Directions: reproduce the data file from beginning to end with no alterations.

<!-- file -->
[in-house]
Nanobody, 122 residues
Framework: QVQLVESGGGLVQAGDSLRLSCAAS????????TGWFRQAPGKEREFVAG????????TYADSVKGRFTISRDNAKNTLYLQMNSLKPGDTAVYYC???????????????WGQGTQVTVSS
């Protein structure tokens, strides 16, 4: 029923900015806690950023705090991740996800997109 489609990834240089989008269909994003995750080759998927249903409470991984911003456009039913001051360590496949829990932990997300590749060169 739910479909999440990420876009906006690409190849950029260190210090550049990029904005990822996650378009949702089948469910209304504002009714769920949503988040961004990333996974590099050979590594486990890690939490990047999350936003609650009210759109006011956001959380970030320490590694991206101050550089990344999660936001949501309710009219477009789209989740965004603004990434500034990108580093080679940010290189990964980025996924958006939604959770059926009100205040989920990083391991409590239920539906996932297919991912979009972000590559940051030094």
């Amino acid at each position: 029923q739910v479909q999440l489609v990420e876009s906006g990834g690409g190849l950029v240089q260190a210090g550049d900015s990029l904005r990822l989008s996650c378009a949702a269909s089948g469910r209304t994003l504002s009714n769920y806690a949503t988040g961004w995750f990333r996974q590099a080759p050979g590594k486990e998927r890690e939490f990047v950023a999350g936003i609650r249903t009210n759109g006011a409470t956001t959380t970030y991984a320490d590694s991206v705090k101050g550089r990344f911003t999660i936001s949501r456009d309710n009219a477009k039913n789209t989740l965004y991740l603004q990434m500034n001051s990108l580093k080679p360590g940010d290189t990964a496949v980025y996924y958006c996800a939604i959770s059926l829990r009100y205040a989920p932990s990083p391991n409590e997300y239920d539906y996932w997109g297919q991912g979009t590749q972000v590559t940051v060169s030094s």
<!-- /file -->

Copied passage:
[in-house]
Nanobody, 122 residues
Framework: QVQLVESGGGLVQAGDSLRLSCAAS????????TGWFRQAPGKEREFVAG????????TYADSVKGRFTISRDNAKNTLYLQMNSLKPGDTAVYYC???????????????WGQGTQVTVSS
């Protein structure tokens, strides 16, 4: 029923900015806690950023705090991740996800997109 489609990834240089989008269909994003995750080759998927249903409470991984911003456009039913001051360590496949829990932990997300590749060169 739910479909999440990420876009906006690409190849950029260190210090550049990029904005990822996650378009949702089948469910209304504002009714769920949503988040961004990333996974590099050979590594486990890690939490990047999350936003609650009210759109006011956001959380970030320490590694991206101050550089990344999660936001949501309710009219477009789209989740965004603004990434500034990108580093080679940010290189990964980025996924958006939604959770059926009100205040989920990083391991409590239920539906996932297919991912979009972000590559940051030094």
């Amino acid at each position: 029923q739910v479909q999440l489609v990420e876009s906006g990834g690409g190849l950029v240089q260190a210090g550049d900015s990029l904005r990822l989008s996650c378009a949702a269909s089948g469910r209304t994003l504002s009714n769920y806690a949503t988040g961004w995750f990333r996974q590099a080759p050979g590594k486990e998927r890690e939490f990047v950023a999350g936003i609650r249903t009210n759109g006011a409470t956001t959380t970030y991984a320490d590694s991206v705090k101050g550089r990344f911003t999660i936001s949501r456009d309710n009219a477009k039913n789209t989740l965004y991740l603004q990434m500034n001051s990108l580093k080679p360590g940010d290189t990964a496949v980025y996924y958006c996800a939604i959770s059926l829990r009100y205040a989920p932990s990083p391991n409590e997300y239920d539906y996932w997109g297919q991912g979009t590749q972000v590559t940051v060169s030094s």